Questionable complaints from Baghdad

The current whinging by the Sadrist bloc of Shias in the Iraqi parliament is absurd. They’re mad that the U.S. won’t give the Shia-run central government more fighter planes, but they keep using their planes to drop anti-civilian barrel bombs on Sunni towns.

And they’re mad that the U.S. is only conducting airstrikes now that the Kurdistan Region is being shelled and hit with missiles, but we’ve been allied with the Kurds since the early 90s and they’ve essentially never been anything but nice to the United States.

In contrast, the Sadrists arguably take orders from Iran, and their Mahdi Army repeatedly attacked U.S. forces in Iraq from 2004 to 2008. I’m sorry, but you don’t get to cry about us not giving you weapons after you used your weapons before to attack us.

Here are some of the complaints quoted in the New York Times:

“Obama’s speech did not delight Iraqis,” said Hakim al-Zamili, a leader of a main Shiite bloc in Parliament, the Sadr faction, who were among the strongest opponents of American involvement in Iraq. “They are looking out for their own interests, not for ours.”

“They should have provided Iraq with weapons,” Mr. Zamili added, possibly alluding to the United States’ suspension of deliveries of F-16 fighter jets and combat aircraft to Iraq.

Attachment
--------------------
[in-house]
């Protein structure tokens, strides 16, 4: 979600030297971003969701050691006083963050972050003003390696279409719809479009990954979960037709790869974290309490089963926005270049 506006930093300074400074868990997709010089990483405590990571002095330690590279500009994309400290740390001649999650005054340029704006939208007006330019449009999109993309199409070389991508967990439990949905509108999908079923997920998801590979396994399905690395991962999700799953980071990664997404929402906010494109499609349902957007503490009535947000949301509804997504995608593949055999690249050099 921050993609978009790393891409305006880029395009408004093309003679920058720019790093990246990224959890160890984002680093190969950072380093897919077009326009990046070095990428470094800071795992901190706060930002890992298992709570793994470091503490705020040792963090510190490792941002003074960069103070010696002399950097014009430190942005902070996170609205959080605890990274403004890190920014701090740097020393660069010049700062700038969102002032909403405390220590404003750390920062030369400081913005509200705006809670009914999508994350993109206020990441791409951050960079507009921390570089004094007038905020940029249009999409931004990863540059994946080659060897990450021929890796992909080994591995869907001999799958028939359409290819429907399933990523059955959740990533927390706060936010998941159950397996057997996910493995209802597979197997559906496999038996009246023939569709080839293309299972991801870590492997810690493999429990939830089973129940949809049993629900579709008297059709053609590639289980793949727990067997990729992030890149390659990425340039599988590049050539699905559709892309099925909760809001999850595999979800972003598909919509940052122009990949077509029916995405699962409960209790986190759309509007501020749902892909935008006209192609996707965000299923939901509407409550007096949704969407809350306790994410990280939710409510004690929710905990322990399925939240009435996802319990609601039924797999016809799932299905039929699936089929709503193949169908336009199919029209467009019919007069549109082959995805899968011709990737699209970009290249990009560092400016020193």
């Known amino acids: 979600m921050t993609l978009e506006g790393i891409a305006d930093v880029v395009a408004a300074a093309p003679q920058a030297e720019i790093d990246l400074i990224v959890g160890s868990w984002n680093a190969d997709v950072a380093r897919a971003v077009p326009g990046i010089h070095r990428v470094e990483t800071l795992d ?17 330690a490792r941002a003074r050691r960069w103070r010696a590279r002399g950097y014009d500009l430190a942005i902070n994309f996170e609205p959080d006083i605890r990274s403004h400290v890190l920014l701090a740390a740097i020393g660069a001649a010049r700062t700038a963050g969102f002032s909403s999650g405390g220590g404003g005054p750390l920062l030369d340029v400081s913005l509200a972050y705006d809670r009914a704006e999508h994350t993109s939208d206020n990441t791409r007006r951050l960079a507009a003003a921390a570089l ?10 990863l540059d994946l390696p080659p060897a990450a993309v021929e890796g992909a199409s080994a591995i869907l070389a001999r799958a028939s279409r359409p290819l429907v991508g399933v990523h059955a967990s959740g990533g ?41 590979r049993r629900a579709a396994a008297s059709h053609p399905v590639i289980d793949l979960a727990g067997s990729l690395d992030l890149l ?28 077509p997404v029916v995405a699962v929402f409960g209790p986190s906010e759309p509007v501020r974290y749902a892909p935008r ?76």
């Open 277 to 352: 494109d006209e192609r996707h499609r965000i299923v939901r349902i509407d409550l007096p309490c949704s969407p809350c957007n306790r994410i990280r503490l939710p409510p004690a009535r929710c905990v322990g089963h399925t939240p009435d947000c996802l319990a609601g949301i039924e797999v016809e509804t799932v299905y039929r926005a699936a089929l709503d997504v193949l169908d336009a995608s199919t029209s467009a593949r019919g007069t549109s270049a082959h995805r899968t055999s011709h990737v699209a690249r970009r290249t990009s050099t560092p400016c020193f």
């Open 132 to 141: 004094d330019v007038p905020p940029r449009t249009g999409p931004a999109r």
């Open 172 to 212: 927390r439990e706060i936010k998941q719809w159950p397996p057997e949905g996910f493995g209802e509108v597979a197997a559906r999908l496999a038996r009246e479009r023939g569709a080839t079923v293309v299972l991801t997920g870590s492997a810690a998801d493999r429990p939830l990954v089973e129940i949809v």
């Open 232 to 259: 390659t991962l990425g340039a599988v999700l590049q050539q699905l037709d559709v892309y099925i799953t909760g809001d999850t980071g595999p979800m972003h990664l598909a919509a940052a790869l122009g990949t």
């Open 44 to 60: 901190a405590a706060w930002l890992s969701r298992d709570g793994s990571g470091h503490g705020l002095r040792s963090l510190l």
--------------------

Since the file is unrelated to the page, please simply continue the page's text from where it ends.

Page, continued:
Another Shiite leader, Sami al-Askari, who is close to Prime Minister Nuri Kamal al-Maliki, said Mr. Obama’s call for airstrikes had come “too late.”

“They should have made this decision when hundreds of Shiites and Sunnis were being killed every day,” Mr. Askari said.

Mr. Askari accused the Obama administration of being interested only in “protecting the Kurdish regional government and Christians, not the rest of Iraq.”

Can’t you just feel the sincere concern from the politicians whose forces conducted ethnic cleansing?

Bill Humphrey

About Bill Humphrey

Bill Humphrey is the primary host of WVUD's Arsenal For Democracy talk radio show and is a Senior Editor for The Globalist. Follow him @BillHumphreyMA on twitter.
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